Investing in employees’ health makes good business sense
Author: Criselda Diala-McBride | Date: 10 Feb 2016
Willis Towers Watson survey examines GCC’s workplace wellness issues
Embracing a workplace wellness strategy could help organisations in the GCC region achieve significant healthcare cost reductions, improve staff productivity and become more profitable, according to a new survey from Willis Towers Watson.
“It makes good business sense [when you consider that] the medical premium rates in this part of the world are much higher than other regions,” says Steve Clements, director of health and group benefits at Willis Towers Watson. “It’s quite typical to see 10 to 12 per cent year-on-year medical inflation, which means that if companies don’t do anything, they can expect their health insurance premium to double over a five-year period.”
Five of the six largest countries in the Gulf region currently implement a compulsory health insurance scheme, funded by employers, as governments seek to shift some of the responsibility of healthcare funding to the private sector. Even Oman – the only country yet to introduce a similar initiative – is “actively considering” the possibility of requiring employers to provide healthcare cover, according to media reports.
Clements’ statement follows the release of Willis Towers Watson’s latest Stay@Work survey, which found that half of GCC respondents saw the lack of actionable data – information that organisations can use to measure the impact of health and wellness initiatives and design suitable programmes for their employees – as the leading barrier to changing behaviours towards health management.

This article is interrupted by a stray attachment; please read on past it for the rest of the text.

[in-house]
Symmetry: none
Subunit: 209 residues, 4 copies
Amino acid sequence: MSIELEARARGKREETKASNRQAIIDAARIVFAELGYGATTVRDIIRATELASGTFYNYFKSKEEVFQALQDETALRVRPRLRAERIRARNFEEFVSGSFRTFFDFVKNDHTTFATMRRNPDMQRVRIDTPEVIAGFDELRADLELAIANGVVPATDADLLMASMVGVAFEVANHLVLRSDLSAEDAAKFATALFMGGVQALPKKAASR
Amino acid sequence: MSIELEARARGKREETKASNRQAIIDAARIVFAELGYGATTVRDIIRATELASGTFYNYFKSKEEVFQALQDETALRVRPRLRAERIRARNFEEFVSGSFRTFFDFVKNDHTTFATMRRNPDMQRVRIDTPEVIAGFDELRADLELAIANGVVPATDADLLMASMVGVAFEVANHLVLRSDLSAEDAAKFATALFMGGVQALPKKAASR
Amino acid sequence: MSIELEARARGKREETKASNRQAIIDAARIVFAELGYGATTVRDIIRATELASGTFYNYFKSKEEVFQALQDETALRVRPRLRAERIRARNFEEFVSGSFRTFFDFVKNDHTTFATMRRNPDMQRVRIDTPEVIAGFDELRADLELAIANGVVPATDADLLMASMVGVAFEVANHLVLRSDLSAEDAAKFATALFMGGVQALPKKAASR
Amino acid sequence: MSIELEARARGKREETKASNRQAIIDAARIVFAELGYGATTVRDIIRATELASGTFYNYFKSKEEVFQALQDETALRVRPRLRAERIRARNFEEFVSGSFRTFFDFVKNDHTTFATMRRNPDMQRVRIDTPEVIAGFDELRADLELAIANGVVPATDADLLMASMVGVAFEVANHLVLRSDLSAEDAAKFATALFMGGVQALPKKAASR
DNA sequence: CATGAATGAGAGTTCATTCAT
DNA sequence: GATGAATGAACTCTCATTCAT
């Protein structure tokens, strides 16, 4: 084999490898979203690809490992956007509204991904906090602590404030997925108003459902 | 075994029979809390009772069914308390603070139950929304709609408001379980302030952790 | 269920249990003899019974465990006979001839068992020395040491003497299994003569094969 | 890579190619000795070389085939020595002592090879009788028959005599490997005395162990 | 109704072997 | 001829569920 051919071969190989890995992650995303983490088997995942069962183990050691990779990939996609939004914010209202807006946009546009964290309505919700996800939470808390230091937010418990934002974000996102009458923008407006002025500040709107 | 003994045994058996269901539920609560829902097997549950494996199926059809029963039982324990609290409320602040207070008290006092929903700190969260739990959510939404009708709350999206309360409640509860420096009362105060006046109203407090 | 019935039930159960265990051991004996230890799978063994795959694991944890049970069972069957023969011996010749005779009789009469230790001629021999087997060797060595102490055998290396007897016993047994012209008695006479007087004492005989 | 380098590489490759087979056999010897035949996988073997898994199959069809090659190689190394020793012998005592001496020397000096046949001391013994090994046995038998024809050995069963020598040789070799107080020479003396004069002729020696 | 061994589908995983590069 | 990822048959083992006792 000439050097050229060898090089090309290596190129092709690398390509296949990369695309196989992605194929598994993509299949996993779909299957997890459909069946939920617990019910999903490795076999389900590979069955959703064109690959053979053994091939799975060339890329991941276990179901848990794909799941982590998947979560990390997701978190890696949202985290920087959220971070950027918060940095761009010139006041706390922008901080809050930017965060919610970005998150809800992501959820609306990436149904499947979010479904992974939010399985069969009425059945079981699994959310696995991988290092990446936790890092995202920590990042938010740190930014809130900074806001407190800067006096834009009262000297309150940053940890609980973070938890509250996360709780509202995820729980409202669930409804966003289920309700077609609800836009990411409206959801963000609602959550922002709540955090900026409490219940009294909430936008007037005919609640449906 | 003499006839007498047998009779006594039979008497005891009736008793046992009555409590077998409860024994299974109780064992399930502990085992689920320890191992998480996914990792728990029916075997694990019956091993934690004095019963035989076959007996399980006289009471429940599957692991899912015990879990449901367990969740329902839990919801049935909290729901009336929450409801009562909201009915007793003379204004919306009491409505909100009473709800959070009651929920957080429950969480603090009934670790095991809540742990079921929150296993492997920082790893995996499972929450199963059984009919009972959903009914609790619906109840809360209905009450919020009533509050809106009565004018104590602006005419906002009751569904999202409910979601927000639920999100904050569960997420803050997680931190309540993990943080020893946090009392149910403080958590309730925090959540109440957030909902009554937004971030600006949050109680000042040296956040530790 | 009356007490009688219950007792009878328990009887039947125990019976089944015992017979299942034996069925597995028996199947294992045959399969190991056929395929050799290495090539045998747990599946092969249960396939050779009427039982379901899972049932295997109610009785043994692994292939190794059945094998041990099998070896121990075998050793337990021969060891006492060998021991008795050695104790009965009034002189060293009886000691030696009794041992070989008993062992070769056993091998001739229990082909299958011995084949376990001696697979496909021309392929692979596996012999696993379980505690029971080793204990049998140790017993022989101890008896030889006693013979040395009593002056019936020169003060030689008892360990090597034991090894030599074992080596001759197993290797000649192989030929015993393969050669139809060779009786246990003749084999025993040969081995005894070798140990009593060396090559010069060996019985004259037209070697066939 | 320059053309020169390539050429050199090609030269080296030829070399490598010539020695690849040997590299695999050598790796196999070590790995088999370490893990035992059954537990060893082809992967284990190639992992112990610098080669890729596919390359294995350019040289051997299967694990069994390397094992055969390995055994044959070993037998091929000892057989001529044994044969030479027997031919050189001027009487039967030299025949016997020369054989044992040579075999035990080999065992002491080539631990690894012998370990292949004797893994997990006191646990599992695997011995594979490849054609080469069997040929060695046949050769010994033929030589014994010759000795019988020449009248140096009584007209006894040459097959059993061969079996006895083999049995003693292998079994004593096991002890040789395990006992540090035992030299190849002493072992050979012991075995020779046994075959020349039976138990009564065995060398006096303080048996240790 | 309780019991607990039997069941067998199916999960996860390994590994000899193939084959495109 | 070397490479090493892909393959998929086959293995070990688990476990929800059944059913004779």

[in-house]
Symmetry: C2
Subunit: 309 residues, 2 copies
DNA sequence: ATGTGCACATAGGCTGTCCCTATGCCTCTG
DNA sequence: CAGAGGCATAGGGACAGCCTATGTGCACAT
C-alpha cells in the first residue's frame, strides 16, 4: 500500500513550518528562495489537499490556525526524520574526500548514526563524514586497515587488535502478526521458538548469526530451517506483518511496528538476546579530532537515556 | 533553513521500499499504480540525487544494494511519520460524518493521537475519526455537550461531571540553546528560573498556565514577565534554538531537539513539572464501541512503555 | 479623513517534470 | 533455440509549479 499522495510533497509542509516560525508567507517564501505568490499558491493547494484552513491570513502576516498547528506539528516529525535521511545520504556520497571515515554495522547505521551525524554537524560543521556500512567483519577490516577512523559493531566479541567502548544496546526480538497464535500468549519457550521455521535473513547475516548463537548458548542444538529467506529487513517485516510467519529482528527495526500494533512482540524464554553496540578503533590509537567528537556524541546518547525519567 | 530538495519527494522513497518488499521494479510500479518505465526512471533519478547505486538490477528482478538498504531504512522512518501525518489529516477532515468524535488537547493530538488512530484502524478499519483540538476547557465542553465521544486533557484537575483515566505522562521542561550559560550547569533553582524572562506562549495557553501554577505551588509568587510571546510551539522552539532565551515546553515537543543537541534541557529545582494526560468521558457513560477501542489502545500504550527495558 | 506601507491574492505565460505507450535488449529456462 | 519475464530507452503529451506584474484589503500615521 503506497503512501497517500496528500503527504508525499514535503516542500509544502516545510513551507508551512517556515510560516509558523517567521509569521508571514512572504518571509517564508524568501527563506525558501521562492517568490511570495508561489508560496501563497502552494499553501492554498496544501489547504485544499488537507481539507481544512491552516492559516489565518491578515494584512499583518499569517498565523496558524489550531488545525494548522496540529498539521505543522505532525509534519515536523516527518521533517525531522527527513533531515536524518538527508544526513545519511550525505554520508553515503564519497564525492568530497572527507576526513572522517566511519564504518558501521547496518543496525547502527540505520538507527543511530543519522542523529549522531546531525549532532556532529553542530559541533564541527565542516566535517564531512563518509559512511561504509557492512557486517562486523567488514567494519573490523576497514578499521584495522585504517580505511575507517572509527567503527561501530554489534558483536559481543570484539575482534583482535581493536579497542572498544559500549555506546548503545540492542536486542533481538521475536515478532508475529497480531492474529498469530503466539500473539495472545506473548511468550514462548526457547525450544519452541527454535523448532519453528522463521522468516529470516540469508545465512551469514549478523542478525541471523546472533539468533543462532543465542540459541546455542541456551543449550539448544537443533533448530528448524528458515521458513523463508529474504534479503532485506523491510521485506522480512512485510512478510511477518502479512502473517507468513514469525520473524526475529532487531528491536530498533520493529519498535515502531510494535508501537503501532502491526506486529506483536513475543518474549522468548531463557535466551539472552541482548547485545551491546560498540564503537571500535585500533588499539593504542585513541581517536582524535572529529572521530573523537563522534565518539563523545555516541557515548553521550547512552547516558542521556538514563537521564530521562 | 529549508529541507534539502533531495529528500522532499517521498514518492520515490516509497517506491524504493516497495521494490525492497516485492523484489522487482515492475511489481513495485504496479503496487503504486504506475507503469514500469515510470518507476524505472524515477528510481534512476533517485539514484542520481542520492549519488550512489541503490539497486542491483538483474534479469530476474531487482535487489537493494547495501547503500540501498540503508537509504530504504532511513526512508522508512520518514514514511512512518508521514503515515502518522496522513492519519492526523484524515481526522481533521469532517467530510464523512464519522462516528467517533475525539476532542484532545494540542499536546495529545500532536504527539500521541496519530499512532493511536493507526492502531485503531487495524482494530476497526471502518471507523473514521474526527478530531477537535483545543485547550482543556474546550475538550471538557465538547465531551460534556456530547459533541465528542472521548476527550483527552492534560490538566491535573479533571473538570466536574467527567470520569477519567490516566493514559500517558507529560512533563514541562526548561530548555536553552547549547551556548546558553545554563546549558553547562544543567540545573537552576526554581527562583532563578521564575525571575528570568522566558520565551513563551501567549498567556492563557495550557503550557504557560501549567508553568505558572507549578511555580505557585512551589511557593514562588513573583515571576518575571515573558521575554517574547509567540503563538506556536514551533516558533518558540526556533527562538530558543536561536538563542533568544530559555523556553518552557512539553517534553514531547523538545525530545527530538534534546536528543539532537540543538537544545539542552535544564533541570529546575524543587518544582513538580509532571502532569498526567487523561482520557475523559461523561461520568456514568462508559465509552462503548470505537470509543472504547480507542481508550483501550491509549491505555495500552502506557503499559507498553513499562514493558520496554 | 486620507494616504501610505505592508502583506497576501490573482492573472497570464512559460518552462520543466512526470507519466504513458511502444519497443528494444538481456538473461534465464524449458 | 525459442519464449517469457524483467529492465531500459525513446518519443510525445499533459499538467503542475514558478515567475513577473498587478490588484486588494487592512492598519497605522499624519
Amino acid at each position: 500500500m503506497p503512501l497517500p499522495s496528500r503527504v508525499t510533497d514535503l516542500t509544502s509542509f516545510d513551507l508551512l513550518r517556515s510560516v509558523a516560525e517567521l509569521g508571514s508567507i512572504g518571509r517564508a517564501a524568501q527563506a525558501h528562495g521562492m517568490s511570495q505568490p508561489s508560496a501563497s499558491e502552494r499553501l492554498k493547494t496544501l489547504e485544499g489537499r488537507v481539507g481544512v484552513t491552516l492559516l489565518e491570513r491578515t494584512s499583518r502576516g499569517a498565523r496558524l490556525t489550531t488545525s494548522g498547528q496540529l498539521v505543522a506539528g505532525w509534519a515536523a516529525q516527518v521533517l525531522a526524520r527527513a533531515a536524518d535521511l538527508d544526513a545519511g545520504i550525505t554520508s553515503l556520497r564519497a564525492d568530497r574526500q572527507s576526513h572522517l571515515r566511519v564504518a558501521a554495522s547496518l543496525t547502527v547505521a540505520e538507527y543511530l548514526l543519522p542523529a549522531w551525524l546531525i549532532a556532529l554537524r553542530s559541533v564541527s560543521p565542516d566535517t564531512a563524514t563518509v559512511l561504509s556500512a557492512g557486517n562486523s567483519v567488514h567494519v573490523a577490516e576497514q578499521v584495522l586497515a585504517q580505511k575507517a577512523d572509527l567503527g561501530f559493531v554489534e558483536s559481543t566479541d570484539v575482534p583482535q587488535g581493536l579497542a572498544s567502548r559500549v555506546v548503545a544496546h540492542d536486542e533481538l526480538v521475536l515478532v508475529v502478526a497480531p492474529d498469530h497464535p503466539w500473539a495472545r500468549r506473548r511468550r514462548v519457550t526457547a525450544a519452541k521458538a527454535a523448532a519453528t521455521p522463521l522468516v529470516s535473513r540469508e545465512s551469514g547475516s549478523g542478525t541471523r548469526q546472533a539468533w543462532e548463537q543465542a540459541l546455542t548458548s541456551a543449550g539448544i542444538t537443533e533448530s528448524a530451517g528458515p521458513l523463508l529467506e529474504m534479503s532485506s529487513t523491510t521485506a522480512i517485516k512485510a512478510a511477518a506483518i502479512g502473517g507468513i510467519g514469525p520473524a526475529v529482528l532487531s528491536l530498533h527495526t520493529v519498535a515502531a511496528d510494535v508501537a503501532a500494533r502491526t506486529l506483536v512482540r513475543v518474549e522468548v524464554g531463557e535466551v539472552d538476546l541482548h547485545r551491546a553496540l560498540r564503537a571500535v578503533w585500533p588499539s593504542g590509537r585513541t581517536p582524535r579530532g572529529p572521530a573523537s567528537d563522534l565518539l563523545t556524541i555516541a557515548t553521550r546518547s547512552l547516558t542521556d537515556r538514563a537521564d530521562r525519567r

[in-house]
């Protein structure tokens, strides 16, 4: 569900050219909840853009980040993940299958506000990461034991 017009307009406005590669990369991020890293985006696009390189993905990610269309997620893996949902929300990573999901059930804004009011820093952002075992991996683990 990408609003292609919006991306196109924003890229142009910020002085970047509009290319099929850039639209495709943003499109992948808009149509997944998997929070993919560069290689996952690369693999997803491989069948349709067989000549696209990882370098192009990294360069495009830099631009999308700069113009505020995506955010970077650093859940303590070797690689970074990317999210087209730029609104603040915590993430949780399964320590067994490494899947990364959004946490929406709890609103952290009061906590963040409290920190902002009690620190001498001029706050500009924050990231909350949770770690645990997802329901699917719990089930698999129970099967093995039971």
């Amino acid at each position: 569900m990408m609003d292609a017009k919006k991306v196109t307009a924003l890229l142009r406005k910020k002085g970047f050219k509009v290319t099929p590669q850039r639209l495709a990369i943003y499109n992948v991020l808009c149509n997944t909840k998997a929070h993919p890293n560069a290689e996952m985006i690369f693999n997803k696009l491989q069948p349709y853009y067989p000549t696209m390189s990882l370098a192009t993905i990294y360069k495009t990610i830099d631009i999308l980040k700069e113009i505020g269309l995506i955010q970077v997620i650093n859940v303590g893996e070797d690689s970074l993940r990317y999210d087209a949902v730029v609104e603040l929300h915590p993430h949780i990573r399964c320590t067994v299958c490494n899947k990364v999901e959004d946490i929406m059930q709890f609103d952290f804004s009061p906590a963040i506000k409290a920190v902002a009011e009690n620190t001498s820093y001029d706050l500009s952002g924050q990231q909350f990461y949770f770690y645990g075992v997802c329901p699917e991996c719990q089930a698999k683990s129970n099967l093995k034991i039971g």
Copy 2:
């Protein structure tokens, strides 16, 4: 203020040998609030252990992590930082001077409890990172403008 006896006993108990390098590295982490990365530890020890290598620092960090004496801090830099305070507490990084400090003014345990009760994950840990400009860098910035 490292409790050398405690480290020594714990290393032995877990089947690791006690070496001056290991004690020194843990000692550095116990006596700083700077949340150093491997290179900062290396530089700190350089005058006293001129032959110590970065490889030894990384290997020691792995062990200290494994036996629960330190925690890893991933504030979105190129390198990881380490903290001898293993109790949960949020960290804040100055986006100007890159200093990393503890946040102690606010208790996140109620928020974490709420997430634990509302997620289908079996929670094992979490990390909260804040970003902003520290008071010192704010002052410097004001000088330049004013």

According to the study, only one-third of employees in the region have taken part in any wellbeing activity or health-related management programme in the last year.
Clements said that the low participation rate is not unique to the GCC. “We saw a relatively low participation across the globe, including the US, where a lot of these wellness programmes are much more mature and well developed. In the GCC, [wellness] is a relatively new initiative that companies are taking.”
As more data becomes available from within organisations as well as external suppliers such as insurance companies, he expects organisations will be able to assess the exact requirements of their staff and devise a wellness support policy that encourages engagement.
Meanwhile, stress was cited by 70 per cent of responding employers as the top workforce health and productivity issue in the GCC. Despite this, only nine per cent of those surveyed said they have a proper stress management strategy in place for their employees – a figure that is expected to increase to 45 per cent by 2018.
What Clements, however, found particularly striking about the survey findings was the disconnect between what employees and employers perceived as causes of workplace stress.
“From the employee perspective, [stress] is caused by the constant on-call environment that they work in, [followed by low] salary,” he says. For the employers, it is the lack of work-life balance, inadequate staffing and the presence of technologies that expand the day.
“When you have a disconnect like that, the danger is employers will put in place initiatives that they think are going to be supportive to their staff, and yet the employees have a completely different view of what's causing stress. It is important for employers to understand what are the real causes of stress in the workplace [by asking] their employees,” says Clements.